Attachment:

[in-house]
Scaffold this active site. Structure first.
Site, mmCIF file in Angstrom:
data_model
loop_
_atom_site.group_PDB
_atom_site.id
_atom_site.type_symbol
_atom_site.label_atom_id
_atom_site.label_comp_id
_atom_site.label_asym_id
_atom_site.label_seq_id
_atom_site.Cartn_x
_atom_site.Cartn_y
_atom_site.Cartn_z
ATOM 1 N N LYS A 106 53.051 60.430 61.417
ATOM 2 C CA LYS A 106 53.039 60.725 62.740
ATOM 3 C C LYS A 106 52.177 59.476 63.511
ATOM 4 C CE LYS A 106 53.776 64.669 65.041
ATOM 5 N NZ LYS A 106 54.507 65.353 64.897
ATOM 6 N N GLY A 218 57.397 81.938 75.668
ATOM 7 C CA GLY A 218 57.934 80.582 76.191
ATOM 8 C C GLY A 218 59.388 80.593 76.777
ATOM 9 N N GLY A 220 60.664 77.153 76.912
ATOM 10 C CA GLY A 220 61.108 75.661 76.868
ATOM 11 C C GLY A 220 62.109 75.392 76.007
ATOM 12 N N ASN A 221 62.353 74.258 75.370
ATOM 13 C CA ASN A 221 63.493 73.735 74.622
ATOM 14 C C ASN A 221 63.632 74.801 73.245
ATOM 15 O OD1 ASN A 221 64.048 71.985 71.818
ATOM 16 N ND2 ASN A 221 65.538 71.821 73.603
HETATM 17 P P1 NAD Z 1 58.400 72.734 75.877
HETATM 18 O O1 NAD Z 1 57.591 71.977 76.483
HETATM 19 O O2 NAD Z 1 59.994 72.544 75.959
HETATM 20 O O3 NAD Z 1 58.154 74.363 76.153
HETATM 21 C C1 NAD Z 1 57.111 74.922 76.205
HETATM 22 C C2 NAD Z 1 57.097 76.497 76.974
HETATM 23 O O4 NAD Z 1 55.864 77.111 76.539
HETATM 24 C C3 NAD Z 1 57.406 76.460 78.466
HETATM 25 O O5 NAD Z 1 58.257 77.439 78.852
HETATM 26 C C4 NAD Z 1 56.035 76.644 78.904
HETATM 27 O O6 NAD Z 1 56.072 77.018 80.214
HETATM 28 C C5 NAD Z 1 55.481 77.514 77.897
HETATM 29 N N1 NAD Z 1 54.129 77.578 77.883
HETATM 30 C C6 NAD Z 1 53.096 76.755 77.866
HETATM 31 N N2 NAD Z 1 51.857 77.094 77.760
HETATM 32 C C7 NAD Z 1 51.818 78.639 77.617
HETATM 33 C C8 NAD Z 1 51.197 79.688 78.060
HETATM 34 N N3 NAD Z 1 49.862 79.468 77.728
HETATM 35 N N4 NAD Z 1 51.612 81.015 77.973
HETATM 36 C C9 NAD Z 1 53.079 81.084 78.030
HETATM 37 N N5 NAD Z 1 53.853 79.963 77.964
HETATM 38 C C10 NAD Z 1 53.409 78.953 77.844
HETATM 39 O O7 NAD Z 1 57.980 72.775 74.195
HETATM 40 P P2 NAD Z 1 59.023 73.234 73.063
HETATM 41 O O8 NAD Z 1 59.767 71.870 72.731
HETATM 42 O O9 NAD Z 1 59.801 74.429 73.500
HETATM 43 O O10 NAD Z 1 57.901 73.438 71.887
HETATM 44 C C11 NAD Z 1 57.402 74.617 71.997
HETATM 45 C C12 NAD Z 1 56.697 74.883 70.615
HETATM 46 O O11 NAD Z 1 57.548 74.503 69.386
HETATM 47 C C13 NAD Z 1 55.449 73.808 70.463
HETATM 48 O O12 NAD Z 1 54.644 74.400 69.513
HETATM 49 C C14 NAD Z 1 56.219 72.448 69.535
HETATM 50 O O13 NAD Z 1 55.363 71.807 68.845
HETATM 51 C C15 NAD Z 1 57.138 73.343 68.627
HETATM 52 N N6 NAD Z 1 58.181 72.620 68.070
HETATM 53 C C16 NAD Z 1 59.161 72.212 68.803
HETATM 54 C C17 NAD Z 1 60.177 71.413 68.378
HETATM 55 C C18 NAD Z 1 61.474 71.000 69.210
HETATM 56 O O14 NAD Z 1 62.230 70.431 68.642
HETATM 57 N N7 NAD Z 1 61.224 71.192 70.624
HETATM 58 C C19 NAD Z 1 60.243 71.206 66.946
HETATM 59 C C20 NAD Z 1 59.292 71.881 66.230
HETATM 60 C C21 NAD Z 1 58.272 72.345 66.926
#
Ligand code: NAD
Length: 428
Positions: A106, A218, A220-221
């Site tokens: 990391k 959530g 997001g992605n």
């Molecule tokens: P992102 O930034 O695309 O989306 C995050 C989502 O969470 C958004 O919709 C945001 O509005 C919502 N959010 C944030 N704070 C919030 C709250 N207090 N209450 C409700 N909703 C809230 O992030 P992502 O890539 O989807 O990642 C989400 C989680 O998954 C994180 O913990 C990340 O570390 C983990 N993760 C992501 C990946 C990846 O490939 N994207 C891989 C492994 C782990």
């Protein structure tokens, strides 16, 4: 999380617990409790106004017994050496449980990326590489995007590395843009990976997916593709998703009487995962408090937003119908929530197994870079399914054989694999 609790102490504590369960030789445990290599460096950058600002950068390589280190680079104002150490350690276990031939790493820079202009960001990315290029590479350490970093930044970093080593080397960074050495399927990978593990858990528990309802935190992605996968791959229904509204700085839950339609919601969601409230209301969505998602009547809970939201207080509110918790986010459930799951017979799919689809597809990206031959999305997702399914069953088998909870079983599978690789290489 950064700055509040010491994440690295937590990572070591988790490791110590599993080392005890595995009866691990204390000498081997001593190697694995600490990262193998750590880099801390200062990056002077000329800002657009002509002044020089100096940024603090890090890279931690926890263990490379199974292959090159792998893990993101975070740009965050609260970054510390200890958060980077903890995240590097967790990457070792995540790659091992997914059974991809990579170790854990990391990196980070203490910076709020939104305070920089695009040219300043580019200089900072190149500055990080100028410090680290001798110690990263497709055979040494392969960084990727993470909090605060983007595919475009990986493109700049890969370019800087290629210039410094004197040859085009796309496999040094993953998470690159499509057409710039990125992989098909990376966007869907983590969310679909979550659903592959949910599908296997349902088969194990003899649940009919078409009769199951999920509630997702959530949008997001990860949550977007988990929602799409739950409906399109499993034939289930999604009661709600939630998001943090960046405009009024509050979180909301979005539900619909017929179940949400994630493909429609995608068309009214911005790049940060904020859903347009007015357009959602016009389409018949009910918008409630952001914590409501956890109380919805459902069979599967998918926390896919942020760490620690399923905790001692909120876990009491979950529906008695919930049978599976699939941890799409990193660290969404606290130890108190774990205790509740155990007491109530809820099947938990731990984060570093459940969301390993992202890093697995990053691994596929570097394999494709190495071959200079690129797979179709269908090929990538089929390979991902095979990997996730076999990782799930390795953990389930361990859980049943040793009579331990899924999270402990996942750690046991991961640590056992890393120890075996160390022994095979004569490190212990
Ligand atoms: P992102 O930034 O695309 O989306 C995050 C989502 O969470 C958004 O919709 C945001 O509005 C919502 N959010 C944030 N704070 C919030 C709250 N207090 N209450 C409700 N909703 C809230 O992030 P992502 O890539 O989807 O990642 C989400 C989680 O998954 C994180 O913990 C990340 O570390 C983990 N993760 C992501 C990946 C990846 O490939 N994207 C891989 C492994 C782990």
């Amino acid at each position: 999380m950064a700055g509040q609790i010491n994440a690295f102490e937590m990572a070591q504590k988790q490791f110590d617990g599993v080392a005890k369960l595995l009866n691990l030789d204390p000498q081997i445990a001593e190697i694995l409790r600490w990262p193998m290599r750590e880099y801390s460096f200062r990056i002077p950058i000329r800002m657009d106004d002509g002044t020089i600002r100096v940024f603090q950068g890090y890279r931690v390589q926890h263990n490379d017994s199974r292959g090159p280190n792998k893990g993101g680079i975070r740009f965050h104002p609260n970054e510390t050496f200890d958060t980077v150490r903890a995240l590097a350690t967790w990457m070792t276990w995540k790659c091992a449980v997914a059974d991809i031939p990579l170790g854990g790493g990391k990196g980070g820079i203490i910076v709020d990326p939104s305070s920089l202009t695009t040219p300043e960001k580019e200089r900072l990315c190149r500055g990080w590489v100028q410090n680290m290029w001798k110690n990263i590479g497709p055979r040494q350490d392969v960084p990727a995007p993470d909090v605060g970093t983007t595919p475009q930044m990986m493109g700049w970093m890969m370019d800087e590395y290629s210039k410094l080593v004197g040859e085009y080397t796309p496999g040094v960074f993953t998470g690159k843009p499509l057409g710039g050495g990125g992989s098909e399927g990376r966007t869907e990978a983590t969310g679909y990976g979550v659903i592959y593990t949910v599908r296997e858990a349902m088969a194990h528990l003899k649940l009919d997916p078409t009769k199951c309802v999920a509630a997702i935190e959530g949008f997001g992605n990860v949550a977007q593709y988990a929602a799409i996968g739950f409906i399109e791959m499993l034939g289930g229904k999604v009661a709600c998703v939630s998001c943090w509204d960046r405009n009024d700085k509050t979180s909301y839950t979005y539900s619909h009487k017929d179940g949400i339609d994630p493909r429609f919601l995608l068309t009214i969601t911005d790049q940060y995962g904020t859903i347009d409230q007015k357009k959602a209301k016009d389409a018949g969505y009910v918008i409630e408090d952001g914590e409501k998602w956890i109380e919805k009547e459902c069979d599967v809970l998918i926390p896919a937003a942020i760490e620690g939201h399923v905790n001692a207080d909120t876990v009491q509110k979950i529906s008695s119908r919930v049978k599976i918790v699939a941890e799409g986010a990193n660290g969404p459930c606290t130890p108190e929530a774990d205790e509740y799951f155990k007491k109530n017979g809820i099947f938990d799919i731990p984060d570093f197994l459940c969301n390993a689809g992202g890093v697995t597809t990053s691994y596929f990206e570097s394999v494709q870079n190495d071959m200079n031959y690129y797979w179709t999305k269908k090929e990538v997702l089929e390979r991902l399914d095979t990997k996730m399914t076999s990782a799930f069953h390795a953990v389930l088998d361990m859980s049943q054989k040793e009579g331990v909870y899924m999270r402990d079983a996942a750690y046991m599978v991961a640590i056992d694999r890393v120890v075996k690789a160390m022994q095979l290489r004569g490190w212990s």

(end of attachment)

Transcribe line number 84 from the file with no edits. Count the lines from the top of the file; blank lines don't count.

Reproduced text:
């Amino acid at each position: 999380m950064a700055g509040q609790i010491n994440a690295f102490e937590m990572a070591q504590k988790q490791f110590d617990g599993v080392a005890k369960l595995l009866n691990l030789d204390p000498q081997i445990a001593e190697i694995l409790r600490w990262p193998m290599r750590e880099y801390s460096f200062r990056i002077p950058i000329r800002m657009d106004d002509g002044t020089i600002r100096v940024f603090q950068g890090y890279r931690v390589q926890h263990n490379d017994s199974r292959g090159p280190n792998k893990g993101g680079i975070r740009f965050h104002p609260n970054e510390t050496f200890d958060t980077v150490r903890a995240l590097a350690t967790w990457m070792t276990w995540k790659c091992a449980v997914a059974d991809i031939p990579l170790g854990g790493g990391k990196g980070g820079i203490i910076v709020d990326p939104s305070s920089l202009t695009t040219p300043e960001k580019e200089r900072l990315c190149r500055g990080w590489v100028q410090n680290m290029w001798k110690n990263i590479g497709p055979r040494q350490d392969v960084p990727a995007p993470d909090v605060g970093t983007t595919p475009q930044m990986m493109g700049w970093m890969m370019d800087e590395y290629s210039k410094l080593v004197g040859e085009y080397t796309p496999g040094v960074f993953t998470g690159k843009p499509l057409g710039g050495g990125g992989s098909e399927g990376r966007t869907e990978a983590t969310g679909y990976g979550v659903i592959y593990t949910v599908r296997e858990a349902m088969a194990h528990l003899k649940l009919d997916p078409t009769k199951c309802v999920a509630a997702i935190e959530g949008f997001g992605n990860v949550a977007q593709y988990a929602a799409i996968g739950f409906i399109e791959m499993l034939g289930g229904k999604v009661a709600c998703v939630s998001c943090w509204d960046r405009n009024d700085k509050t979180s909301y839950t979005y539900s619909h009487k017929d179940g949400i339609d994630p493909r429609f919601l995608l068309t009214i969601t911005d790049q940060y995962g904020t859903i347009d409230q007015k357009k959602a209301k016009d389409a018949g969505y009910v918008i409630e408090d952001g914590e409501k998602w956890i109380e919805k009547e459902c069979d599967v809970l998918i926390p896919a937003a942020i760490e620690g939201h399923v905790n001692a207080d909120t876990v009491q509110k979950i529906s008695s119908r919930v049978k599976i918790v699939a941890e799409g986010a990193n660290g969404p459930c606290t130890p108190e929530a774990d205790e509740y799951f155990k007491k109530n017979g809820i099947f938990d799919i731990p984060d570093f197994l459940c969301n390993a689809g992202g890093v697995t597809t990053s691994y596929f990206e570097s394999v494709q870079n190495d071959m200079n031959y690129y797979w179709t999305k269908k090929e990538v997702l089929e390979r991902l399914d095979t990997k996730m399914t076999s990782a799930f069953h390795a953990v389930l088998d361990m859980s049943q054989k040793e009579g331990v909870y899924m999270r402990d079983a996942a750690y046991m599978v991961a640590i056992d694999r890393v120890v075996k690789a160390m022994q095979l290489r004569g490190w212990s």